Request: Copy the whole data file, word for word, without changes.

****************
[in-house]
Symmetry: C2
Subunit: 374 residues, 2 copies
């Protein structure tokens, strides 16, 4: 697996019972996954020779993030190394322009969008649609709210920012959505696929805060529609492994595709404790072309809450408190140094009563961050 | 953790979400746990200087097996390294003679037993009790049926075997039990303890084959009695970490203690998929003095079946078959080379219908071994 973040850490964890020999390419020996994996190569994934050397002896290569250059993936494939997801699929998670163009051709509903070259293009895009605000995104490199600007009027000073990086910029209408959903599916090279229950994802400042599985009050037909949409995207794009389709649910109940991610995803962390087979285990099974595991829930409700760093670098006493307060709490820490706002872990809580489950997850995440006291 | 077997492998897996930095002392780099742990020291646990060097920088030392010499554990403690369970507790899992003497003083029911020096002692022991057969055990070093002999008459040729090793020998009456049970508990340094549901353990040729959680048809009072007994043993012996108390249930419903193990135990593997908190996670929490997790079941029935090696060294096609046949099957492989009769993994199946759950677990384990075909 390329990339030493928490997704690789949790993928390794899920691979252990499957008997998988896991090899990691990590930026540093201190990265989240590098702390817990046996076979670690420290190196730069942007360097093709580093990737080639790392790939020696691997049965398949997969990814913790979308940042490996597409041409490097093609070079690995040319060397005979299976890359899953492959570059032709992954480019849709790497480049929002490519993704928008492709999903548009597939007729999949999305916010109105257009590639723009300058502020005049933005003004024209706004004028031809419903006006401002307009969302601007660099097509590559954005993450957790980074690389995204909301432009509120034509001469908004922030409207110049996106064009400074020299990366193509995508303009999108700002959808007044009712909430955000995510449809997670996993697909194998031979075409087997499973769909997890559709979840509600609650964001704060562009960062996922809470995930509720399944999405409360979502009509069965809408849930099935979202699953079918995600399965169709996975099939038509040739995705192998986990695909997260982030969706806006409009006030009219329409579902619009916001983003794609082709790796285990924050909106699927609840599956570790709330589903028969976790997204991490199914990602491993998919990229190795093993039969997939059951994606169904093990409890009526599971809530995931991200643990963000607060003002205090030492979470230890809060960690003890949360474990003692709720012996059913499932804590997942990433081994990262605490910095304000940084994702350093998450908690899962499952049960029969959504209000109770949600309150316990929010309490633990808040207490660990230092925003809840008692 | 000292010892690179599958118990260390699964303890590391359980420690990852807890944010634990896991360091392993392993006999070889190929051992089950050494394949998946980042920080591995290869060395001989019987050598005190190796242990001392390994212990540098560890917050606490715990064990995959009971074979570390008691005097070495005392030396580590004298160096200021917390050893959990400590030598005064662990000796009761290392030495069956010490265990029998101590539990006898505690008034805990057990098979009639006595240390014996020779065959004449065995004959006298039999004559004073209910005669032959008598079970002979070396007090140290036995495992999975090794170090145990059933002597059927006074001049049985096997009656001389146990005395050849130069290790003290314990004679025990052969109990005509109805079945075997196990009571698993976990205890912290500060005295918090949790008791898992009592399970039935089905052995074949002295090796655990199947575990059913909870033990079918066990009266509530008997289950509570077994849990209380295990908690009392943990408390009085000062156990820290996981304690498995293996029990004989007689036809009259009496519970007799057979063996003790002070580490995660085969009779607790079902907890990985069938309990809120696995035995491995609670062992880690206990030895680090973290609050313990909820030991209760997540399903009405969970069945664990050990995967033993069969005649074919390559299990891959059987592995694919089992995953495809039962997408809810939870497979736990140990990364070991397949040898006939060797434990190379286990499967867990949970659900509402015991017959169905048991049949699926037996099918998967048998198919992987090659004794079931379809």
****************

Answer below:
[in-house]
Symmetry: C2
Subunit: 374 residues, 2 copies
């Protein structure tokens, strides 16, 4: 697996019972996954020779993030190394322009969008649609709210920012959505696929805060529609492994595709404790072309809450408190140094009563961050 | 953790979400746990200087097996390294003679037993009790049926075997039990303890084959009695970490203690998929003095079946078959080379219908071994 973040850490964890020999390419020996994996190569994934050397002896290569250059993936494939997801699929998670163009051709509903070259293009895009605000995104490199600007009027000073990086910029209408959903599916090279229950994802400042599985009050037909949409995207794009389709649910109940991610995803962390087979285990099974595991829930409700760093670098006493307060709490820490706002872990809580489950997850995440006291 | 077997492998897996930095002392780099742990020291646990060097920088030392010499554990403690369970507790899992003497003083029911020096002692022991057969055990070093002999008459040729090793020998009456049970508990340094549901353990040729959680048809009072007994043993012996108390249930419903193990135990593997908190996670929490997790079941029935090696060294096609046949099957492989009769993994199946759950677990384990075909 390329990339030493928490997704690789949790993928390794899920691979252990499957008997998988896991090899990691990590930026540093201190990265989240590098702390817990046996076979670690420290190196730069942007360097093709580093990737080639790392790939020696691997049965398949997969990814913790979308940042490996597409041409490097093609070079690995040319060397005979299976890359899953492959570059032709992954480019849709790497480049929002490519993704928008492709999903548009597939007729999949999305916010109105257009590639723009300058502020005049933005003004024209706004004028031809419903006006401002307009969302601007660099097509590559954005993450957790980074690389995204909301432009509120034509001469908004922030409207110049996106064009400074020299990366193509995508303009999108700002959808007044009712909430955000995510449809997670996993697909194998031979075409087997499973769909997890559709979840509600609650964001704060562009960062996922809470995930509720399944999405409360979502009509069965809408849930099935979202699953079918995600399965169709996975099939038509040739995705192998986990695909997260982030969706806006409009006030009219329409579902619009916001983003794609082709790796285990924050909106699927609840599956570790709330589903028969976790997204991490199914990602491993998919990229190795093993039969997939059951994606169904093990409890009526599971809530995931991200643990963000607060003002205090030492979470230890809060960690003890949360474990003692709720012996059913499932804590997942990433081994990262605490910095304000940084994702350093998450908690899962499952049960029969959504209000109770949600309150316990929010309490633990808040207490660990230092925003809840008692 | 000292010892690179599958118990260390699964303890590391359980420690990852807890944010634990896991360091392993392993006999070889190929051992089950050494394949998946980042920080591995290869060395001989019987050598005190190796242990001392390994212990540098560890917050606490715990064990995959009971074979570390008691005097070495005392030396580590004298160096200021917390050893959990400590030598005064662990000796009761290392030495069956010490265990029998101590539990006898505690008034805990057990098979009639006595240390014996020779065959004449065995004959006298039999004559004073209910005669032959008598079970002979070396007090140290036995495992999975090794170090145990059933002597059927006074001049049985096997009656001389146990005395050849130069290790003290314990004679025990052969109990005509109805079945075997196990009571698993976990205890912290500060005295918090949790008791898992009592399970039935089905052995074949002295090796655990199947575990059913909870033990079918066990009266509530008997289950509570077994849990209380295990908690009392943990408390009085000062156990820290996981304690498995293996029990004989007689036809009259009496519970007799057979063996003790002070580490995660085969009779607790079902907890990985069938309990809120696995035995491995609670062992880690206990030895680090973290609050313990909820030991209760997540399903009405969970069945664990050990995967033993069969005649074919390559299990891959059987592995694919089992995953495809039962997408809810939870497979736990140990990364070991397949040898006939060797434990190379286990499967867990949970659900509402015991017959169905048991049949699926037996099918998967048998198919992987090659004794079931379809």